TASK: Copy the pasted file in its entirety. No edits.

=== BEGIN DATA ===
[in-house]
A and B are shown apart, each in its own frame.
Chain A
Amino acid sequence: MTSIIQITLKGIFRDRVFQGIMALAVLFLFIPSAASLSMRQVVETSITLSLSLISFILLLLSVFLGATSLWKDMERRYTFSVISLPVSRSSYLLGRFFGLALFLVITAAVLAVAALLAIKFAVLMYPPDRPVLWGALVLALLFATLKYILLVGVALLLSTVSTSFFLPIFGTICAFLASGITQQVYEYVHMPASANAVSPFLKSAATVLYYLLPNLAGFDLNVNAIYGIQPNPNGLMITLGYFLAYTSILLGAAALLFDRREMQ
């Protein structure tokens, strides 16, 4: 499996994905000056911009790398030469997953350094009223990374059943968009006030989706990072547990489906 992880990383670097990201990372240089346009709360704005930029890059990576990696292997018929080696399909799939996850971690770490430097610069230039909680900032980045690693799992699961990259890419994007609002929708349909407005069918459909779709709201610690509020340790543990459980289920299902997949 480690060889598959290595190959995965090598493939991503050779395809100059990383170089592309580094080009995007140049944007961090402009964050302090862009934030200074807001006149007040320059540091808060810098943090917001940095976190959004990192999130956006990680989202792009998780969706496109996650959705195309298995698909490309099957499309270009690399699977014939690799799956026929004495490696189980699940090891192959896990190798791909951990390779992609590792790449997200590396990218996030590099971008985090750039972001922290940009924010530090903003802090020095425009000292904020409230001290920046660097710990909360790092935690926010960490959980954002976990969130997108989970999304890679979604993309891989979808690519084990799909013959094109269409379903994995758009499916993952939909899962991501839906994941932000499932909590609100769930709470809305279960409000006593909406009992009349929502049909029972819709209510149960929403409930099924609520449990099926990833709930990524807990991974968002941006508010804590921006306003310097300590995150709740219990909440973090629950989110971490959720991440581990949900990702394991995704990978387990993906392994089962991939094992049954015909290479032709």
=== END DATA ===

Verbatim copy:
[in-house]
A and B are shown apart, each in its own frame.
Chain A
Amino acid sequence: MTSIIQITLKGIFRDRVFQGIMALAVLFLFIPSAASLSMRQVVETSITLSLSLISFILLLLSVFLGATSLWKDMERRYTFSVISLPVSRSSYLLGRFFGLALFLVITAAVLAVAALLAIKFAVLMYPPDRPVLWGALVLALLFATLKYILLVGVALLLSTVSTSFFLPIFGTICAFLASGITQQVYEYVHMPASANAVSPFLKSAATVLYYLLPNLAGFDLNVNAIYGIQPNPNGLMITLGYFLAYTSILLGAAALLFDRREMQ
């Protein structure tokens, strides 16, 4: 499996994905000056911009790398030469997953350094009223990374059943968009006030989706990072547990489906 992880990383670097990201990372240089346009709360704005930029890059990576990696292997018929080696399909799939996850971690770490430097610069230039909680900032980045690693799992699961990259890419994007609002929708349909407005069918459909779709709201610690509020340790543990459980289920299902997949 480690060889598959290595190959995965090598493939991503050779395809100059990383170089592309580094080009995007140049944007961090402009964050302090862009934030200074807001006149007040320059540091808060810098943090917001940095976190959004990192999130956006990680989202792009998780969706496109996650959705195309298995698909490309099957499309270009690399699977014939690799799956026929004495490696189980699940090891192959896990190798791909951990390779992609590792790449997200590396990218996030590099971008985090750039972001922290940009924010530090903003802090020095425009000292904020409230001290920046660097710990909360790092935690926010960490959980954002976990969130997108989970999304890679979604993309891989979808690519084990799909013959094109269409379903994995758009499916993952939909899962991501839906994941932000499932909590609100769930709470809305279960409000006593909406009992009349929502049909029972819709209510149960929403409930099924609520449990099926990833709930990524807990991974968002941006508010804590921006306003310097300590995150709740219990909440973090629950989110971490959720991440581990949900990702394991995704990978387990993906392994089962991939094992049954015909290479032709």